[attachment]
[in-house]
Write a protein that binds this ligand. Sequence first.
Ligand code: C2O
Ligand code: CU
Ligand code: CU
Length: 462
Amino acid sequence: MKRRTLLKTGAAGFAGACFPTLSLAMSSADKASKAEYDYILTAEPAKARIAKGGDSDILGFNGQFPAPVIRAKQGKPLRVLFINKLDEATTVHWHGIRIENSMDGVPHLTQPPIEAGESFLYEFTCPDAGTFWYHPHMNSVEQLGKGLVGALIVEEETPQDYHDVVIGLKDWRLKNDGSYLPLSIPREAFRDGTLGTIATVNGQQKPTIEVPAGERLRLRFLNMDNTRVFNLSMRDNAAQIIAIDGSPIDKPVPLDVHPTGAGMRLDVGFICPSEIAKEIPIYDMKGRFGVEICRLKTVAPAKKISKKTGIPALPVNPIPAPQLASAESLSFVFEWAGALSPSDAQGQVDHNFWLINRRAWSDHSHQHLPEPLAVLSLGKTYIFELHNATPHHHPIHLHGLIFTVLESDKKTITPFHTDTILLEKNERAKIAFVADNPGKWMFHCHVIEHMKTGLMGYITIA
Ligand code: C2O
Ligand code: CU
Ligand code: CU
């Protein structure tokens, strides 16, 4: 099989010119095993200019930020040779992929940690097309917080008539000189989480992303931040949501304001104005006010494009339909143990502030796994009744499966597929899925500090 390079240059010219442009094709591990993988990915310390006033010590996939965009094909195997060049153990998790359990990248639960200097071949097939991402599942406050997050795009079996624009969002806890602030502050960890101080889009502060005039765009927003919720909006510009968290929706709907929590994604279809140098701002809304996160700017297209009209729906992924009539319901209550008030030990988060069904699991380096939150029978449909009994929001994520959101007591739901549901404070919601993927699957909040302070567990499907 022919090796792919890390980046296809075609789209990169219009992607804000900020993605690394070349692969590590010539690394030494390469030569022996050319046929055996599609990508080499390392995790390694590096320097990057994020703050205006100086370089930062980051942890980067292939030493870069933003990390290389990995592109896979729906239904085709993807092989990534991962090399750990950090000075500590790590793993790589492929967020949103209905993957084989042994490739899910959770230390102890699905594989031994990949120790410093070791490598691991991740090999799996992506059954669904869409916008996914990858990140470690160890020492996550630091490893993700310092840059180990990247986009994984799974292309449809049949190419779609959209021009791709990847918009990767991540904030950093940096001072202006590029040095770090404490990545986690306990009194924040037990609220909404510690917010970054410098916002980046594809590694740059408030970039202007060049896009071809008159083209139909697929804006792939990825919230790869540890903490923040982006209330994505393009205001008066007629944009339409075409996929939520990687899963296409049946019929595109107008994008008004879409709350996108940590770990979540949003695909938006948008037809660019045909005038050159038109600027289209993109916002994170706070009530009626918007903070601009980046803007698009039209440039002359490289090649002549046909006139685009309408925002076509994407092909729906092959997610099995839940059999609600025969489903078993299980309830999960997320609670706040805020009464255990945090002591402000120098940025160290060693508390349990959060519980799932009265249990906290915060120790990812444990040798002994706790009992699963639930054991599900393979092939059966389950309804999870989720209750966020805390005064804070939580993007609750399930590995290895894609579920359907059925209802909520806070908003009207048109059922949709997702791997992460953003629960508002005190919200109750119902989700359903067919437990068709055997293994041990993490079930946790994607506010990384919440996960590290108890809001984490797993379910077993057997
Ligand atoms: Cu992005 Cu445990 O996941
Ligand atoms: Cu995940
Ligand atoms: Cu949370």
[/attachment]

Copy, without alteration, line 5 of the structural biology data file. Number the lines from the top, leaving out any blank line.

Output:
Ligand code: CU